It’s one of the four standard contact developed by ISDA (International Swap and Derivatives Association).

There may be instances when CSAs are not used. Institutions may be unable or unwilling to post collateral. This may be because their credit quality is far superior to their counterparty or they cannot commit to the operational and liquidity requirements that arise from committing to a CSA.

Two-way CSA

A two-way CSA is often established when two counterparties are relatively similar, as it will be beneficial to both parties involved. It is important to note that the two sides may not be treated equally in certain parameters, like threshold and initial margin depending on the respective risk levels of each party.

One-way CSA

A one-way CSA differs from a two-way CSA in that the former only requires that one counterparty post collateral (either immediately or after a specific event, such as a ratings downgrade). As a result, the CSA will be beneficial to the receiver of the collateral and at the same time will present additional risk for the counterparty posting the collateral. These types of CSAs are established when two counterparties are significantly different in size, risk levels, etc.

Benefits and Risks of CSAs

The terms of a collateral agreement are usually linked to the credit quality of the counterparties in a transaction. This is beneficial when a counterpartys credit quality is strong because it minimizes operational workload. However, it is also beneficial when a counterpartys credit quality is weak as it allows the other party to enforce collateralization terms triggered by a quality downgrade.

Although credit ratings are the most common quality linked, others include market value of equity, net asset value, and traded credit spread. The benefits of linking to credit ratings must be weighed against the costs associated with the requirement of collateral when a ratings downgrade occurs.

Estimate the expected shortfall given P/L or return data.

A major limitation of the VaR measure is that it does not tell the investor the amount or magnitude of the actual loss. VaR only provides the maximum value we can lose for a given confidence level. The expected shortfall (ES) provides an estimate of the tail loss by averaging the VaRs for increasing confidence levels in the tail. Specifically, the tail mass is divided into n equal slices and the corresponding n + 1 VaRs are computed. For example, if n = 3, we can construct the following table based on the normal distribution:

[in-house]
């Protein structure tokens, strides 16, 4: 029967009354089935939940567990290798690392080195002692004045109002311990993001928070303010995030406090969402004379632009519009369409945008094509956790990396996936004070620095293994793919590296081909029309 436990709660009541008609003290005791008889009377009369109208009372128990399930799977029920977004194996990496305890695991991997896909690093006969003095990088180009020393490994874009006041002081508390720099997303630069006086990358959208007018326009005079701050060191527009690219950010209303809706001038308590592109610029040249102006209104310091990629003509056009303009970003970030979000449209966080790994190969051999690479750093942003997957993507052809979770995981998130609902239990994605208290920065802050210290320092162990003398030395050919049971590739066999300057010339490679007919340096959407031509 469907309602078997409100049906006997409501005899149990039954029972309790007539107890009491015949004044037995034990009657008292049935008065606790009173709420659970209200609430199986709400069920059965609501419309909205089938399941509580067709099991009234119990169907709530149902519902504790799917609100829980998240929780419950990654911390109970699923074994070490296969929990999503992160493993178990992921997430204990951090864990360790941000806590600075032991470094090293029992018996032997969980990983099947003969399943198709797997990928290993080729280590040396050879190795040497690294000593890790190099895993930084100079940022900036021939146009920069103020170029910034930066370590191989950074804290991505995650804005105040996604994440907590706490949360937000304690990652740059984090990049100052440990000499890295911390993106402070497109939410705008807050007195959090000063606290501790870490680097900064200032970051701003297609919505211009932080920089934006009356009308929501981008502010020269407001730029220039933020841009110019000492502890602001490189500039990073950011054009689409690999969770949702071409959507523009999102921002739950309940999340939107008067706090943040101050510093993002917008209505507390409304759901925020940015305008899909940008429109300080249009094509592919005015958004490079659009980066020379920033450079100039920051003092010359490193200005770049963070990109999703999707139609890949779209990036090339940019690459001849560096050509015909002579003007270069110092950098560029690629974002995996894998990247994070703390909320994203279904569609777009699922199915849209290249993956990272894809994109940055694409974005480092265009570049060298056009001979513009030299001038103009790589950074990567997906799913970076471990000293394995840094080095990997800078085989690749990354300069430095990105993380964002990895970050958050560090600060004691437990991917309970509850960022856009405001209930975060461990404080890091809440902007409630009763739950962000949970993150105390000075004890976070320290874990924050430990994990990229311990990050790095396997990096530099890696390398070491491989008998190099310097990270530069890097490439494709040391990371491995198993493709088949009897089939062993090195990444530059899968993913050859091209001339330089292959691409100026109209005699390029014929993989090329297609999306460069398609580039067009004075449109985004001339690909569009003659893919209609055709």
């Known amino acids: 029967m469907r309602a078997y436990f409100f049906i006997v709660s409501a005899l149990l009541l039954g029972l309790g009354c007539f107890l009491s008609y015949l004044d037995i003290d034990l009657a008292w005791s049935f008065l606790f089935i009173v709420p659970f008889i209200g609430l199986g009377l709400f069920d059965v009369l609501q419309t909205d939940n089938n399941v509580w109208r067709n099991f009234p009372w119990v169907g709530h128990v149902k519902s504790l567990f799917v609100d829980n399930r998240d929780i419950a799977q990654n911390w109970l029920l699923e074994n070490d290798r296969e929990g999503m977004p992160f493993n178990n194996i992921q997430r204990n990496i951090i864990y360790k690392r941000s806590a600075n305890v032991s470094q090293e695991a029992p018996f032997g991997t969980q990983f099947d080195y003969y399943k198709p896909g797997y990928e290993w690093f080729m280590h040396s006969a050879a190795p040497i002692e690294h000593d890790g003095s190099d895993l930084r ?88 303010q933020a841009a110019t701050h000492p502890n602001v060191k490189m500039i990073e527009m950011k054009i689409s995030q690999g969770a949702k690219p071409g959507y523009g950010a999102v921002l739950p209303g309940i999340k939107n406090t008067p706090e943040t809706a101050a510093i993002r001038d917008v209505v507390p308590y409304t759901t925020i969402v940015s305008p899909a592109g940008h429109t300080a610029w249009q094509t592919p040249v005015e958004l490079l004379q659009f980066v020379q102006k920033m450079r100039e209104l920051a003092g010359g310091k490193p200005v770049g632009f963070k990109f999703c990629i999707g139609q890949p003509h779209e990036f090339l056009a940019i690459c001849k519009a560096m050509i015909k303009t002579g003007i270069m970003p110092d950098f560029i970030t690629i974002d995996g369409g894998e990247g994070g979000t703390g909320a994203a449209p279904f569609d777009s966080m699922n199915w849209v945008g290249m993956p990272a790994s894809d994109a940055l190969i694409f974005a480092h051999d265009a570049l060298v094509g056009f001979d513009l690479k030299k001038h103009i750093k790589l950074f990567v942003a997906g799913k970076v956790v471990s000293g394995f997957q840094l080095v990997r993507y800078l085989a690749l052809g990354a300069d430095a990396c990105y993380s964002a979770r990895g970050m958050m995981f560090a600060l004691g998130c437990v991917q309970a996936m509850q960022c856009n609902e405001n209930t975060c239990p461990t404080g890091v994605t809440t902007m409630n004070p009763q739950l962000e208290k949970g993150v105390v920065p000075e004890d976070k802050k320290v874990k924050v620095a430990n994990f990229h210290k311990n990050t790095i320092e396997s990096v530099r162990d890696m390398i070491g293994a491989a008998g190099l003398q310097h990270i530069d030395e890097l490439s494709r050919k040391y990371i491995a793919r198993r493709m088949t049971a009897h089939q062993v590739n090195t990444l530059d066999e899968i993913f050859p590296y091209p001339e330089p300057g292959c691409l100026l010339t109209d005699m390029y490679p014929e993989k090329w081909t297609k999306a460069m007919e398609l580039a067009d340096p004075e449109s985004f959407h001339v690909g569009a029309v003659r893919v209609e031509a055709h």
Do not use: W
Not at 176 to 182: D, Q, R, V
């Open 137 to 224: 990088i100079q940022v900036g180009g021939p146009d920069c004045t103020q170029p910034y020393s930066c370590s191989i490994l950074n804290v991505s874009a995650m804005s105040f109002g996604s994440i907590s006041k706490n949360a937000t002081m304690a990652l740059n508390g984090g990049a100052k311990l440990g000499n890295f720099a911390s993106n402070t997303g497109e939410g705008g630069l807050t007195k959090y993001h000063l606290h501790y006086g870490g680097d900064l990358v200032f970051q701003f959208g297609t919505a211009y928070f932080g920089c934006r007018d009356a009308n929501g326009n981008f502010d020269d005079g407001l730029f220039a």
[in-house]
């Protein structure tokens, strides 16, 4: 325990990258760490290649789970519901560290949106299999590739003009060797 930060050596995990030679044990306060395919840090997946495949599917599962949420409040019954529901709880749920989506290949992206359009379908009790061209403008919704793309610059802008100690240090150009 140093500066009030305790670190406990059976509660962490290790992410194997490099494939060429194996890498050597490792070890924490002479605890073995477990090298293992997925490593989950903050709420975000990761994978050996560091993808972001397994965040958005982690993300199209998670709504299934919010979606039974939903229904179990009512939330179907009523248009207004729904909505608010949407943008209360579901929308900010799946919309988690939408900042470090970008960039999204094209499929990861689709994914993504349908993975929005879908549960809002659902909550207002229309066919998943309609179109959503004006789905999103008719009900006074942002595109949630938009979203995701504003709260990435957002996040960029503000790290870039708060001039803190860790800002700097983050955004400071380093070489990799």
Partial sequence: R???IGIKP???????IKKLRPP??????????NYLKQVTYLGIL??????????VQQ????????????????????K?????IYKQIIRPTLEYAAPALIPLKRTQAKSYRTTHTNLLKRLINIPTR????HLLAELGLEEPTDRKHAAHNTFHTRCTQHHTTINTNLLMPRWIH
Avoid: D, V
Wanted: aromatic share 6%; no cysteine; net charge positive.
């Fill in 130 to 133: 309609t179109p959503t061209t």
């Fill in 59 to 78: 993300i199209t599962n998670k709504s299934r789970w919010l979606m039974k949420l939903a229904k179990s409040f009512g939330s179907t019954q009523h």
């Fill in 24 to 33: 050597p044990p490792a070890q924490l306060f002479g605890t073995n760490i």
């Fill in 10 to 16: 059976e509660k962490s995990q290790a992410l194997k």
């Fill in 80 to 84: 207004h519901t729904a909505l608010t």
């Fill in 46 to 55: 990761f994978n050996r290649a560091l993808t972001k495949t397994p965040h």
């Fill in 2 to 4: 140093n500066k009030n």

Confidence levelVaRDifference

Observe that the VaR increases (from Difference column) in order to maintain the same interval mass (of 1 %) because the tails become thinner and thinner. The average of the four computed VaRs is 2.003 and represents the probability-weighted expected tail loss, which is Expected Shortfall.

Note that as n increases, the expected shortfall will increase and approach the theoretical true loss [2.063 in this case; the average of a high number of VaRs (e.g., greater than 10,000)].

Estimate VaR using a historical simulation approach.

Estimating VaR with a historical simulation approach is by far the simplest and most straightforward VaR method. To make this calculation, you simply order return observations from largest to smallest. The observation that follows the threshold loss level denotes the VaR limit. We are essentially searching for the observation that separates the tail from the body of the distribution.

More generally, the observation that determines VaR for n observations at the [latex](1 – \alpha) [/latex] confidence level would be: [latex](\alpha * n) [/latex]. Recall that the confidence level, [latex](1 – \alpha) [/latex] , is typically a large value (e.g., 95% ) whereas the significance level, usually denoted as [latex] \alpha [/latex] , is much smaller (e.g., 5%).

To illustrate this VaR method, assume you have gathered 1,000 monthly returns for security and produced the distribution. You decide that you want to compute the monthly VaR for this security at a confidence level of 99%. At a 99% confidence level, the lower tail displays the lowest 1% of the underlying distributions returns. For this distribution, the value associated with a 99% confidence level is a return of -4%. 

Figure 1

RanksDaily Return

Estimate VaR using a parametric approach for both normal and lognormal

In contrast to the historical simulation method, the parametric approach (e.g., the delta- normal approach) explicitly assumes a distribution for the underlying observations.

We will analyze two cases:

(1) VaR for returns that follow a normal distribution, and

(2) VaR for returns that follow a lognormal distribution.

Intuitively, the VaR for a given confidence level denotes the point that separates the tail losses from the remaining distribution. The VaR cutoff will be in the left tail of the returns distribution. Usually, the calculated value at risk is negative, but is typically reported as a positive value since the negative amount is implied (i.e., it is the value that is at risk).

Normal VaR

The normal distribution is usually used to simulate the stock return. In this case, the VaR at significance level [latex]\alpha[/latex] is:

[latex]VaR(\alpha\%) = (\mu_R + \sigma_Rz_\alpha) P_{t-1}[/latex]

In practice, the population parameters are not likely known, in which case the researcher will use the sample mean and standard deviation.

Lognormal VaR 

Lognormal is used to simulate stock price as it’s always larger than 0. To calculate VaR in lognoram form. We need to transform the  non-logarithmized price mean and variance, denoted m and v, into a loarithmized mean and variance.

[latex]\mu = ln(\frac{m_{p/l}}{\sqrt{1+\frac{v_{p/l}}{m_{p/l}^2}}})[/latex].

[latex]\sigma^2 = ln(1+\frac{v_{p/l}}{m_{p/l}^2})[/latex] .

[latex]VaR(\alpha\%) = e^{\mu_{p/l} + \sigma_{p/l} z_\alpha}[/latex]